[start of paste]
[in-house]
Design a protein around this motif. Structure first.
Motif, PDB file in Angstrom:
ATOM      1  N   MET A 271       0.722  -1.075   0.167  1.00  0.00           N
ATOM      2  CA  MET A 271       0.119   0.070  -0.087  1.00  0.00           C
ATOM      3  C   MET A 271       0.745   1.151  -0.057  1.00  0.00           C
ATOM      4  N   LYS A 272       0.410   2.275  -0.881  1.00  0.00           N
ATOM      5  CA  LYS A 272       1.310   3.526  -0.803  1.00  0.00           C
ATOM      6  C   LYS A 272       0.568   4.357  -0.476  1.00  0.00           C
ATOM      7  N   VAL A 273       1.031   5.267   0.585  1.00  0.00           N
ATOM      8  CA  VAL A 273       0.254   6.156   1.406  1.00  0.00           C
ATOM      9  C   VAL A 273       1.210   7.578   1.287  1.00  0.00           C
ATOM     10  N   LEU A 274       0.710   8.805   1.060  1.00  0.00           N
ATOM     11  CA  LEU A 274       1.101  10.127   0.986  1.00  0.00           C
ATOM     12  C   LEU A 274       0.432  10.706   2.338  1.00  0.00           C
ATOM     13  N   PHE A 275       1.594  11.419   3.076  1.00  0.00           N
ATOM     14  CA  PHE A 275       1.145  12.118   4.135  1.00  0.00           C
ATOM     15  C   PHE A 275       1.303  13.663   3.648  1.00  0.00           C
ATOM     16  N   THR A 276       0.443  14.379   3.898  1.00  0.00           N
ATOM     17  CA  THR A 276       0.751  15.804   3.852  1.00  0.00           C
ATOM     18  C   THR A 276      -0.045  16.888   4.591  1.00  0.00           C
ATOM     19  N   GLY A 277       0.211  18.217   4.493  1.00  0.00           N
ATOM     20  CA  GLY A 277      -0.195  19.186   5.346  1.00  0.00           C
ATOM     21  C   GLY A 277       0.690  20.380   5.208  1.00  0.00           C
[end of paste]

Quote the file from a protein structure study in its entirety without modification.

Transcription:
[in-house]
Design a protein around this motif. Structure first.
Motif, PDB file in Angstrom:
ATOM      1  N   MET A 271       0.722  -1.075   0.167  1.00  0.00           N
ATOM      2  CA  MET A 271       0.119   0.070  -0.087  1.00  0.00           C
ATOM      3  C   MET A 271       0.745   1.151  -0.057  1.00  0.00           C
ATOM      4  N   LYS A 272       0.410   2.275  -0.881  1.00  0.00           N
ATOM      5  CA  LYS A 272       1.310   3.526  -0.803  1.00  0.00           C
ATOM      6  C   LYS A 272       0.568   4.357  -0.476  1.00  0.00           C
ATOM      7  N   VAL A 273       1.031   5.267   0.585  1.00  0.00           N
ATOM      8  CA  VAL A 273       0.254   6.156   1.406  1.00  0.00           C
ATOM      9  C   VAL A 273       1.210   7.578   1.287  1.00  0.00           C
ATOM     10  N   LEU A 274       0.710   8.805   1.060  1.00  0.00           N
ATOM     11  CA  LEU A 274       1.101  10.127   0.986  1.00  0.00           C
ATOM     12  C   LEU A 274       0.432  10.706   2.338  1.00  0.00           C
ATOM     13  N   PHE A 275       1.594  11.419   3.076  1.00  0.00           N
ATOM     14  CA  PHE A 275       1.145  12.118   4.135  1.00  0.00           C
ATOM     15  C   PHE A 275       1.303  13.663   3.648  1.00  0.00           C
ATOM     16  N   THR A 276       0.443  14.379   3.898  1.00  0.00           N
ATOM     17  CA  THR A 276       0.751  15.804   3.852  1.00  0.00           C
ATOM     18  C   THR A 276      -0.045  16.888   4.591  1.00  0.00           C
ATOM     19  N   GLY A 277       0.211  18.217   4.493  1.00  0.00           N
ATOM     20  CA  GLY A 277      -0.195  19.186   5.346  1.00  0.00           C
ATOM     21  C   GLY A 277       0.690  20.380   5.208  1.00  0.00           C